- RONALDSHAY, SOUTH, a parish, in the county of Orkney; containing 3194 inhabitants, of whom 1867 are in the district of St. Peter, 789 in that of St. Mary, and 538 in that of Burray. This parish includes the old parish of St. Peter in the northern, and the old parish of St. Mary in the southern, portion of the island of South Ronaldshay, with the isles of Swona and the two Skerries in the Pentland Frith, of which the former and one of the latter are inhabited; it also includes the old parish and island of Burray, with the isles of Hunda and Glemsholm in the bay of Holm Sound, of which the latter is uninhabited. These three parishes have been united from time immemorial. The island of South Ronaldshay is supposed to have derived its name from one of its ancient proprietors, Ronald, a Danish count. From the great irregularity of its form, its extent has never been correctly ascertained; it is about six miles in length, and four miles in average breadth. The island of Burray, which is situated to the north of it, and is separated by the ferry of Water Sound, about one mile broad, is four miles in length, and averages from one mile to two miles in breadth. Swona, which is nearly four miles to the west of South Ronaldshay, and in the Pentland Frith, is a mile and a half in length and nearly one mile in breadth; the northern of the Skerries, on which a lighthouse has been erected, is something more than a mile in circumference; and the other is of still smaller extent.The surface of the parish is generally low, the highest lands not attaining an elevation of 300 feet above the level of the sea. The soil is various, consisting of clay, black loam, sand, and moss, frequently in combination, and sometimes in all their varieties upon one field; that in Burray is generally a light sand, and in the isle of Swona, a black earth mixed with sand and gravel. The chief crops are oats and bear, with potatoes and turnips; and there are some fine fields of red and white clover, and natural grasses yielding luxuriant pasture. The system of agriculture is, however, in a very unimproved state; and, from the abundance of shell-sand, more than double the quantity of land now in cultivation might be made to produce excellent crops of corn. The farm-buildings, also, are of very inferior order. The substratum is principally blue or black clay-slate, alternated with sandstone, and sandstone flag; lead-ore has been found here, and some attempts were made to work it, but without success. The village of St. Margaret's Hope is pleasantly situated on the eastern coast, on the shore of the bay of that name, which forms a safe and commodious harbour; and on the western coast is the harbour of Widewall, opening to the Pentland Frith and Stromness. The former of these is much frequented by smaller vessels and smacks employed in the fisheries, and the latter is accessible to ships of 600 or 700 tons, which frequently have recourse to it for shelter. There are several bold headlands, some of which rise perpendicularly to a height of nearly 300 feet above the level of the sea. The population are engaged both in agriculture and in the fisheries; and many of the females are employed in the platting of straw. There are eleven sloops engaged in the cod-fishery till the season for herrings commences, during which many thousand barrels are annually cured for exportation; the quantity of cod, ling, and hake taken and cured here averages nearly 120 tons. In the village of St. Margaret's Hope is a post-office with a daily delivery; and a subscription and parochial library has been established there. A fair for lean cattle is held annually in November, and others are growing into use.The ecclesiastical affairs are under the superintendence of the presbytery of Kirkwall and synod of Orkney. The minister's stipend is £200, with an allowance of £8. 6. 8. for communion elements, a manse, and a glebe valued at £12. 6. 8. per annum; patron, the Earl of Zetland. The church of St. Mary, in the south, is situated near the western shore; and that of St. Peter, in the north portion of the parish, within a few yards of the sea, on the eastern coast. They are both ancient buildings, and were repaired in 1802; the former contains 273, and the latter 413 sittings. The church of Burray has been in ruins nearly from the commencement of the present century. Considerable addition might be made to the number of seats by the erection of galleries in the two existing churches. There is a place of worship for members of the United Secession. The parochial school is near the village of St. Margaret's Hope; the master has a salary of £26, with a house and garden, and the fees average about £15 per annum. A school was founded by William Tomison, Esq., who endowed it with a house and £40 per annum for the teacher, for the gratuitous instruction of children of the three united parishes. Mr. Tomison also bequeathed £200 for the poor of the South parish, of which he was a native, and a sum for the erection and endowment of a female school, which is being suffered to accumulate for that purpose. William Sutherland, Esq., a resident heritor of the North parish, bequeathed £200 for the benefit of the poor of that parish. There are several subscription schools. The poor are supported by collections at the church and by the proceeds of the abovenoticed bequests. There are some remains of Picts' houses and tumuli, and numerous vestiges of intrenchments consisting of mounds of earth. Near the manse is a subterraneous building, eleven feet long, three feet wide, and nearly of equal height; the interior is paved with stones evidently taken from the beach. Several ancient coins have been found; and there are Druidical relics, and remains of ancient chapels.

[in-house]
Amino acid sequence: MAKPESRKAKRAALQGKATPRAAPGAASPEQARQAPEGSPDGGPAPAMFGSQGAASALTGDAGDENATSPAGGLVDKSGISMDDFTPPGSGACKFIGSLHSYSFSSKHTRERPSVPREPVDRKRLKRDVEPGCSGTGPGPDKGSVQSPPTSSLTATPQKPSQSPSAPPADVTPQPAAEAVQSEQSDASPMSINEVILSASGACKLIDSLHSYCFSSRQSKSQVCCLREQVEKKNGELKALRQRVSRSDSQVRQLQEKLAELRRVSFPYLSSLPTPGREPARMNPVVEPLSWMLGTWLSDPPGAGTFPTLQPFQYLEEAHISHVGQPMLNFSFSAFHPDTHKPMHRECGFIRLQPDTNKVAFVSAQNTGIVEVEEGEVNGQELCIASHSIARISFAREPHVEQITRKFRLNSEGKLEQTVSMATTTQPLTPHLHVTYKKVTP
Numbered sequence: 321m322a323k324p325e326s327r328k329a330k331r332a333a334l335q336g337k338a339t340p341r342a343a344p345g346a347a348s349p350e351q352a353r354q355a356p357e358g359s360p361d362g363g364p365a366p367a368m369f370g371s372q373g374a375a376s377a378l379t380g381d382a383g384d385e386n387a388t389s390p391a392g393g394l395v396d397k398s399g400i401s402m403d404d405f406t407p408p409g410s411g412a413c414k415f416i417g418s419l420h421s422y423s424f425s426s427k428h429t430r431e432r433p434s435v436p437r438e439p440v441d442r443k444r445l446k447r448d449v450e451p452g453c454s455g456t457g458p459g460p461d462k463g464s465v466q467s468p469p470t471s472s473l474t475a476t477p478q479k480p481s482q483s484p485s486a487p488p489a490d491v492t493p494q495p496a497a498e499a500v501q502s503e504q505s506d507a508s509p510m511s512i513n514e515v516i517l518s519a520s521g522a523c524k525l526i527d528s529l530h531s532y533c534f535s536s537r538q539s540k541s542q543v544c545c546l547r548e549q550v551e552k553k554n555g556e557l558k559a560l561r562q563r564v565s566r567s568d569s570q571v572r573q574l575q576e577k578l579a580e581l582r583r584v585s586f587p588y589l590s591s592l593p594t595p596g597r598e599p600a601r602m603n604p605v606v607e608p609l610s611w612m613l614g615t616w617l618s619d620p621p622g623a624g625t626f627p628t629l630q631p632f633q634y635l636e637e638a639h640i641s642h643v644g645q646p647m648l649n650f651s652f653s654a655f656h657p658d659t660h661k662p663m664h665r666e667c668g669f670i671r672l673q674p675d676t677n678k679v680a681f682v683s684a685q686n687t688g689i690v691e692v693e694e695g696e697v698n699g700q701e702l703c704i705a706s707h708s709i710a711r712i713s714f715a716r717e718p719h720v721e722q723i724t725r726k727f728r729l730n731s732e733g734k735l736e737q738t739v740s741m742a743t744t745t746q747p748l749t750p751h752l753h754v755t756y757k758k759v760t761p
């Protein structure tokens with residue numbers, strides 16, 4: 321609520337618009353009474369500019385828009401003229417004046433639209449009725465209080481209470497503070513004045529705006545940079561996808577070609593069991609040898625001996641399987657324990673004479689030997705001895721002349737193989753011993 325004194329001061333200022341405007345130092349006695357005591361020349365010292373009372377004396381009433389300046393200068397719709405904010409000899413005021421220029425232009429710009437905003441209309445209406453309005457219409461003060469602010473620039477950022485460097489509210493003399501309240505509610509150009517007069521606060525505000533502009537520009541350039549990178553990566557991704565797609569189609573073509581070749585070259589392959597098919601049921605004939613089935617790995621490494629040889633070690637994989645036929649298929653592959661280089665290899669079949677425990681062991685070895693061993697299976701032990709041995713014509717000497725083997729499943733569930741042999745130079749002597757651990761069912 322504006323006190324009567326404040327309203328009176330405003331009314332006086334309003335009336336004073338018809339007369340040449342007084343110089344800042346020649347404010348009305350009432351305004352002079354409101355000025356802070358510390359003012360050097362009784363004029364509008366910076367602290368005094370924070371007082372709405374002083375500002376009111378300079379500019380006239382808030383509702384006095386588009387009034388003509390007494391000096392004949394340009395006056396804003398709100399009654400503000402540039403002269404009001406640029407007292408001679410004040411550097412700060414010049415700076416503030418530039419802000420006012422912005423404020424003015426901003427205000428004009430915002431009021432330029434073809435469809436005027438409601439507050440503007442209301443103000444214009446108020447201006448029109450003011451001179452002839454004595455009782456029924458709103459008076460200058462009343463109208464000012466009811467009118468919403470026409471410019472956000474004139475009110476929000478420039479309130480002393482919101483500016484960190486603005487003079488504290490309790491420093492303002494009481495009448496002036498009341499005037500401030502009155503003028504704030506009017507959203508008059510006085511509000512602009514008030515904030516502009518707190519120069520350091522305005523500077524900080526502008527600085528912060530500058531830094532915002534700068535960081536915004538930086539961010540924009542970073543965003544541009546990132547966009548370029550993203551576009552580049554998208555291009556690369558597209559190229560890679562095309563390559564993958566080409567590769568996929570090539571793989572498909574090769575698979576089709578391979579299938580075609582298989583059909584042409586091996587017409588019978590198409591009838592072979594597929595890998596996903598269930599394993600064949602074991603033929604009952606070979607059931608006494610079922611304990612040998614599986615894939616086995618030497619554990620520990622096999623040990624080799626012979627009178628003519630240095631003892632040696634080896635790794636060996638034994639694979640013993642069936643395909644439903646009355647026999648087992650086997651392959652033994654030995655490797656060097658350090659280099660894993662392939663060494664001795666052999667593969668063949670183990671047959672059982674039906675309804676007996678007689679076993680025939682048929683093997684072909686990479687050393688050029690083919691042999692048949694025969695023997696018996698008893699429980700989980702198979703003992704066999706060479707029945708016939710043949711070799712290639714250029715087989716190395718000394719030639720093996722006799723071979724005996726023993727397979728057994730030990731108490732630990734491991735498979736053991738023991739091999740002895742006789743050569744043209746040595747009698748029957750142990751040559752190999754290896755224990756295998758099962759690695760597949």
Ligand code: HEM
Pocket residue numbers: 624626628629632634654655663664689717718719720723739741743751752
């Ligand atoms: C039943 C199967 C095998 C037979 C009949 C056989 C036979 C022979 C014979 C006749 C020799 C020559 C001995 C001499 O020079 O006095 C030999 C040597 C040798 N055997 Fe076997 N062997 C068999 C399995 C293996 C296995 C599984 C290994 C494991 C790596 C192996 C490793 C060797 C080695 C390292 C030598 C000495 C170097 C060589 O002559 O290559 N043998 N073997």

A Topographical dictionary of Scotland. Samuel Lewis. 1856.